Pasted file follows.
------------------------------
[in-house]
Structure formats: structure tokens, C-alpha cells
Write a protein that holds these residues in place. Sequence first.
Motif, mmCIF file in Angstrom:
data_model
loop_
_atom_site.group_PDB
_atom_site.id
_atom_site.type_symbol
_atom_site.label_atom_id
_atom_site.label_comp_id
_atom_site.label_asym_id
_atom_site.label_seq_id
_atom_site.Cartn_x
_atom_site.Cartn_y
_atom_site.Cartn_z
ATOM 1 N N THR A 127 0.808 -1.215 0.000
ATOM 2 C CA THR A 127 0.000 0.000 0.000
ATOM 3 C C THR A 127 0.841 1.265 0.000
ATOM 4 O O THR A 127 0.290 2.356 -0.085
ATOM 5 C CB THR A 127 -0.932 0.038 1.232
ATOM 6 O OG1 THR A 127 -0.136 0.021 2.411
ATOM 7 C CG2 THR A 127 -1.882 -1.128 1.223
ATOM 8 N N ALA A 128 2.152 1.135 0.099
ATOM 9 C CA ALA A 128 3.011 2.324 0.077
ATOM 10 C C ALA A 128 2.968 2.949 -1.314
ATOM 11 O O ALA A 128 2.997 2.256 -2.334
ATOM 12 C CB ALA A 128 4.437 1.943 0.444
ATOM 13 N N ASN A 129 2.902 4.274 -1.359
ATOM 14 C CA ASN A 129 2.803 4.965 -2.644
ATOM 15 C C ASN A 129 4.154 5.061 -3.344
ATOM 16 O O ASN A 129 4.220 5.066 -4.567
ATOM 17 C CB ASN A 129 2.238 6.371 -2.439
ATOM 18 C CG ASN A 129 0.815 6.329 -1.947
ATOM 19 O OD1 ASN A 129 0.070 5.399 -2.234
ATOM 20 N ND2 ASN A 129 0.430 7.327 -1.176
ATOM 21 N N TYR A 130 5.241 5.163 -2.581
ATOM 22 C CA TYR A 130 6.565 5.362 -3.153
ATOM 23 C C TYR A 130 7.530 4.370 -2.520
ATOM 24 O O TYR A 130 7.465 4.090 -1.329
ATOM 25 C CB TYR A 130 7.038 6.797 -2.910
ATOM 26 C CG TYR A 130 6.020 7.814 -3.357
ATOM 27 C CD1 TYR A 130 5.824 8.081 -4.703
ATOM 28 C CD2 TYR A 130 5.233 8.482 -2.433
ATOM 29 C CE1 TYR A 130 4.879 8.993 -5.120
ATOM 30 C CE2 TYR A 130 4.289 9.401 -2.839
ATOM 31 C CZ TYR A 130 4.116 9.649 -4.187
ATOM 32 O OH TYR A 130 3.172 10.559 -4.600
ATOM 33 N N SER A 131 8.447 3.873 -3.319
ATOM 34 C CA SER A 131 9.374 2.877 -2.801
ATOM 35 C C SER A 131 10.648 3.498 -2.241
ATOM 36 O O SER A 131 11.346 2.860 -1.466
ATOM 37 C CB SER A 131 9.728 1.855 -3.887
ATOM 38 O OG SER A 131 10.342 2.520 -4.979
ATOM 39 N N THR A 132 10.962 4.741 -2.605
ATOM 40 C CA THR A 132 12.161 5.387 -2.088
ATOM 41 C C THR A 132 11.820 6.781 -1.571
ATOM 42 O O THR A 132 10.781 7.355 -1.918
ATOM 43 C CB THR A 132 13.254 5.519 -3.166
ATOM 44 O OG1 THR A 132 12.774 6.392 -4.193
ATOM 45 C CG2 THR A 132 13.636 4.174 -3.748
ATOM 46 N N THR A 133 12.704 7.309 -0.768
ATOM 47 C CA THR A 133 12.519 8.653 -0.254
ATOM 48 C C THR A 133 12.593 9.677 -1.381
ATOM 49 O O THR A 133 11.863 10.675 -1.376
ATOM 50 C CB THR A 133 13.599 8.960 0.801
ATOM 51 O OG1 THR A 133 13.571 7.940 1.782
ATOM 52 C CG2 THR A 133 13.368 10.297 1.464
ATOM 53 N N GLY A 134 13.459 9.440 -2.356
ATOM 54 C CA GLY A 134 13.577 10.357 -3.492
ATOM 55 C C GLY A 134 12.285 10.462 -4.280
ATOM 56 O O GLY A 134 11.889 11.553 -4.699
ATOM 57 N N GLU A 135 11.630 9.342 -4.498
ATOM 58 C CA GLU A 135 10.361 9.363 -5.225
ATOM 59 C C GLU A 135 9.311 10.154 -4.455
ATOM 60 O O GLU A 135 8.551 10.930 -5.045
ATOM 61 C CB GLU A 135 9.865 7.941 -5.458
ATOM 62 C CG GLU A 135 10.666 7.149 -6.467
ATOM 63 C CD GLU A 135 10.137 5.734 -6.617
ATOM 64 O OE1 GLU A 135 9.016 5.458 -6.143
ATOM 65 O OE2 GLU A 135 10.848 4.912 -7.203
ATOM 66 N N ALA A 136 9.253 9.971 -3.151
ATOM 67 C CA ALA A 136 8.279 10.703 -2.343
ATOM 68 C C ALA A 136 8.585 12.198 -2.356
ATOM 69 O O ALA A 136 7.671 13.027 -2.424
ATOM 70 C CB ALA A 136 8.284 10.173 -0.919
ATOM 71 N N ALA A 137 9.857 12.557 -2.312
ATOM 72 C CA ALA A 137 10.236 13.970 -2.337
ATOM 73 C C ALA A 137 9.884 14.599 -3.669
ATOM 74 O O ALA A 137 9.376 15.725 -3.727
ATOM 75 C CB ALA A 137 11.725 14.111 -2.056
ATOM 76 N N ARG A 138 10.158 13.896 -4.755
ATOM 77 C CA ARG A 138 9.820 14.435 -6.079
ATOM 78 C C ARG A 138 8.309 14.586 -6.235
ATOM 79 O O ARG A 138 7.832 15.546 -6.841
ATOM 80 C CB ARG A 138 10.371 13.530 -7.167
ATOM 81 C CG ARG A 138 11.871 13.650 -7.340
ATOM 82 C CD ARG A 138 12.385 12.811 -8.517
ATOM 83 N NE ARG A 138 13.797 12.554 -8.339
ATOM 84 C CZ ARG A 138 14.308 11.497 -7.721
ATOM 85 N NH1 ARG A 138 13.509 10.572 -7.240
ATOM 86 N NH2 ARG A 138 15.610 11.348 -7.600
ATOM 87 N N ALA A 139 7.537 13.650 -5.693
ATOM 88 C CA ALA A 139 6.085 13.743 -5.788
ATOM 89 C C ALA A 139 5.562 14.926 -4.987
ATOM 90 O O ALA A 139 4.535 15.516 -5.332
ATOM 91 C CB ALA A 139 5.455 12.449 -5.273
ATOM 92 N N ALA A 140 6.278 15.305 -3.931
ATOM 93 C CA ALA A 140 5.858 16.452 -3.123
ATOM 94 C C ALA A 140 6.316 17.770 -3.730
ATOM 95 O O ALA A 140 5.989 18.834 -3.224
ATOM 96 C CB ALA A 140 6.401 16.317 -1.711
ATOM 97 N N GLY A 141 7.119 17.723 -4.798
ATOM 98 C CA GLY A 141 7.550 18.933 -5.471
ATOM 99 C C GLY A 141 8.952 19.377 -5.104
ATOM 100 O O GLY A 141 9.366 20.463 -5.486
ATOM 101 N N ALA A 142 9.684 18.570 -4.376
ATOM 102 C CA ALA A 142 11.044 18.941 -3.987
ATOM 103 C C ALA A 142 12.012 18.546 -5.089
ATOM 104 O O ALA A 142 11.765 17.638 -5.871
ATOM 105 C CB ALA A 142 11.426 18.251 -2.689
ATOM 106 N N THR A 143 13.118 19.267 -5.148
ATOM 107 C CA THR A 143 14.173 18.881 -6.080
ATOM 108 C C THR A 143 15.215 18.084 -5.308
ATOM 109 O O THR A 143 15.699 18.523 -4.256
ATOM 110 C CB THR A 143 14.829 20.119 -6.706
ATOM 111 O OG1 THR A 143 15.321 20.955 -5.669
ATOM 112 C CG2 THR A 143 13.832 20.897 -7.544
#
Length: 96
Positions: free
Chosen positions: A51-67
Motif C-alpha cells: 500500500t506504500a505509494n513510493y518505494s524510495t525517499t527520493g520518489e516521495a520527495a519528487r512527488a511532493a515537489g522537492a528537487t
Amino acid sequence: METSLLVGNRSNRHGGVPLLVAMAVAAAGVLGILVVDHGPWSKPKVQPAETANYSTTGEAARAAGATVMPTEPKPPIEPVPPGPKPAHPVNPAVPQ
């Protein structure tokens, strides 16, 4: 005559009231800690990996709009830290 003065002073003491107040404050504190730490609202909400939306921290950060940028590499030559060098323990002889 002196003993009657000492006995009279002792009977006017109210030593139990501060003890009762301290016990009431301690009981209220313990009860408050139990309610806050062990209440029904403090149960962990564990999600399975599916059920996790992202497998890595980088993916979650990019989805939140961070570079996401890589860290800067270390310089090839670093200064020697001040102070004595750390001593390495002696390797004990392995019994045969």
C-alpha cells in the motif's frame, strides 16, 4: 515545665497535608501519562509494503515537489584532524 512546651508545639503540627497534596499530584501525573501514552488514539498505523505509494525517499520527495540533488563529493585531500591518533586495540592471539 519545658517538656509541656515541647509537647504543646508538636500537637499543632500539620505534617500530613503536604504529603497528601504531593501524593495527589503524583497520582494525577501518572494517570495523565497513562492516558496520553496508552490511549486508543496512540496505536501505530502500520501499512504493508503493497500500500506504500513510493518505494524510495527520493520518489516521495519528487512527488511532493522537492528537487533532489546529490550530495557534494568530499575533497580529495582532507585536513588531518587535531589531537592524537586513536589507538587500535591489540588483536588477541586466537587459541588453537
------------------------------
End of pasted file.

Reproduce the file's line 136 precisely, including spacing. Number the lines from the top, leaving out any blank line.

C-alpha cells in the motif's frame, strides 16, 4: 515545665497535608501519562509494503515537489584532524 512546651508545639503540627497534596499530584501525573501514552488514539498505523505509494525517499520527495540533488563529493585531500591518533586495540592471539 519545658517538656509541656515541647509537647504543646508538636500537637499543632500539620505534617500530613503536604504529603497528601504531593501524593495527589503524583497520582494525577501518572494517570495523565497513562492516558496520553496508552490511549486508543496512540496505536501505530502500520501499512504493508503493497500500500506504500513510493518505494524510495527520493520518489516521495519528487512527488511532493522537492528537487533532489546529490550530495557534494568530499575533497580529495582532507585536513588531518587535531589531537592524537586513536589507538587500535591489540588483536588477541586466537587459541588453537